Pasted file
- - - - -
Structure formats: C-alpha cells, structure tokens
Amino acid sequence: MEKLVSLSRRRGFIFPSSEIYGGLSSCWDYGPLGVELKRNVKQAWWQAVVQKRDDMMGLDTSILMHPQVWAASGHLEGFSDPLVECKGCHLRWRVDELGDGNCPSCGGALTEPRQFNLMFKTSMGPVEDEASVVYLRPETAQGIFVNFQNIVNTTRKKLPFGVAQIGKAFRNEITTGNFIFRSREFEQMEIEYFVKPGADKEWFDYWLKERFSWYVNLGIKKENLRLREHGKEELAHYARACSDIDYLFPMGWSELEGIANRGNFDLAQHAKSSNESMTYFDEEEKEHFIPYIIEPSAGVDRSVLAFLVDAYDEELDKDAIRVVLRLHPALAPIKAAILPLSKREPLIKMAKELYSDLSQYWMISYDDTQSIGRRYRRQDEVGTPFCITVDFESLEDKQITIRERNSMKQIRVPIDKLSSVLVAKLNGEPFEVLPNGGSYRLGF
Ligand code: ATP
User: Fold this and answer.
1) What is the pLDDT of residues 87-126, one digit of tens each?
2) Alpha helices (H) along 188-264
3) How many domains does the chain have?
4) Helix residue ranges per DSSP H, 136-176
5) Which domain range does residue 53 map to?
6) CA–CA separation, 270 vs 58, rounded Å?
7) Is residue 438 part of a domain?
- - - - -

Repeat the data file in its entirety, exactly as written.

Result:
Structure formats: C-alpha cells, structure tokens
Amino acid sequence: MEKLVSLSRRRGFIFPSSEIYGGLSSCWDYGPLGVELKRNVKQAWWQAVVQKRDDMMGLDTSILMHPQVWAASGHLEGFSDPLVECKGCHLRWRVDELGDGNCPSCGGALTEPRQFNLMFKTSMGPVEDEASVVYLRPETAQGIFVNFQNIVNTTRKKLPFGVAQIGKAFRNEITTGNFIFRSREFEQMEIEYFVKPGADKEWFDYWLKERFSWYVNLGIKKENLRLREHGKEELAHYARACSDIDYLFPMGWSELEGIANRGNFDLAQHAKSSNESMTYFDEEEKEHFIPYIIEPSAGVDRSVLAFLVDAYDEELDKDAIRVVLRLHPALAPIKAAILPLSKREPLIKMAKELYSDLSQYWMISYDDTQSIGRRYRRQDEVGTPFCITVDFESLEDKQITIRERNSMKQIRVPIDKLSSVLVAKLNGEPFEVLPNGGSYRLGF
Ligand code: ATP
User: Fold this and answer.
1) What is the pLDDT of residues 87-126, one digit of tens each?
2) Alpha helices (H) along 188-264
3) How many domains does the chain have?
4) Helix residue ranges per DSSP H, 136-176
5) Which domain range does residue 53 map to?
6) CA–CA separation, 270 vs 58, rounded Å?
7) Is residue 438 part of a domain?